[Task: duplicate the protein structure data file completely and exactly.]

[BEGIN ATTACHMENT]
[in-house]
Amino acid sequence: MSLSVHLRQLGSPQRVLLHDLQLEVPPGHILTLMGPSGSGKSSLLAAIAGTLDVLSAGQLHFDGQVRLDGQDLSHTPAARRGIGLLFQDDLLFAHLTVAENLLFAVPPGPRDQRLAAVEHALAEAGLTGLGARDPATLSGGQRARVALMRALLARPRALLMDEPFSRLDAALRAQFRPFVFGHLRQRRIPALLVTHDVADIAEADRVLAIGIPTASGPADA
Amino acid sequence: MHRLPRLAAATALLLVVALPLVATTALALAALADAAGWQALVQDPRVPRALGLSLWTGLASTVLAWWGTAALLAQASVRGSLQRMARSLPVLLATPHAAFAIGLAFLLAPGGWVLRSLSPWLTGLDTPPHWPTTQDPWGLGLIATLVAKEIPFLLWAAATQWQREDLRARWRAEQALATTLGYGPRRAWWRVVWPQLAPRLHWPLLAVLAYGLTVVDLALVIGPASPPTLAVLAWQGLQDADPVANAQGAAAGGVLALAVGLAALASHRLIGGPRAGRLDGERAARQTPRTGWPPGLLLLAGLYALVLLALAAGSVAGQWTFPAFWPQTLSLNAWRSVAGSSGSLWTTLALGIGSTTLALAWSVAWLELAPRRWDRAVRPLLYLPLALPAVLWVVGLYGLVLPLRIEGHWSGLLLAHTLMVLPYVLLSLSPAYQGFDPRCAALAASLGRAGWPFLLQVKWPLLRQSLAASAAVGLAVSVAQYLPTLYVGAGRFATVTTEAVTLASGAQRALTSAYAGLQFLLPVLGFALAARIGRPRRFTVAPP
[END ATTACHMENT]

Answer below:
[in-house]
Amino acid sequence: MSLSVHLRQLGSPQRVLLHDLQLEVPPGHILTLMGPSGSGKSSLLAAIAGTLDVLSAGQLHFDGQVRLDGQDLSHTPAARRGIGLLFQDDLLFAHLTVAENLLFAVPPGPRDQRLAAVEHALAEAGLTGLGARDPATLSGGQRARVALMRALLARPRALLMDEPFSRLDAALRAQFRPFVFGHLRQRRIPALLVTHDVADIAEADRVLAIGIPTASGPADA
Amino acid sequence: MHRLPRLAAATALLLVVALPLVATTALALAALADAAGWQALVQDPRVPRALGLSLWTGLASTVLAWWGTAALLAQASVRGSLQRMARSLPVLLATPHAAFAIGLAFLLAPGGWVLRSLSPWLTGLDTPPHWPTTQDPWGLGLIATLVAKEIPFLLWAAATQWQREDLRARWRAEQALATTLGYGPRRAWWRVVWPQLAPRLHWPLLAVLAYGLTVVDLALVIGPASPPTLAVLAWQGLQDADPVANAQGAAAGGVLALAVGLAALASHRLIGGPRAGRLDGERAARQTPRTGWPPGLLLLAGLYALVLLALAAGSVAGQWTFPAFWPQTLSLNAWRSVAGSSGSLWTTLALGIGSTTLALAWSVAWLELAPRRWDRAVRPLLYLPLALPAVLWVVGLYGLVLPLRIEGHWSGLLLAHTLMVLPYVLLSLSPAYQGFDPRCAALAASLGRAGWPFLLQVKWPLLRQSLAASAAVGLAVSVAQYLPTLYVGAGRFATVTTEAVTLASGAQRALTSAYAGLQFLLPVLGFALAARIGRPRRFTVAPP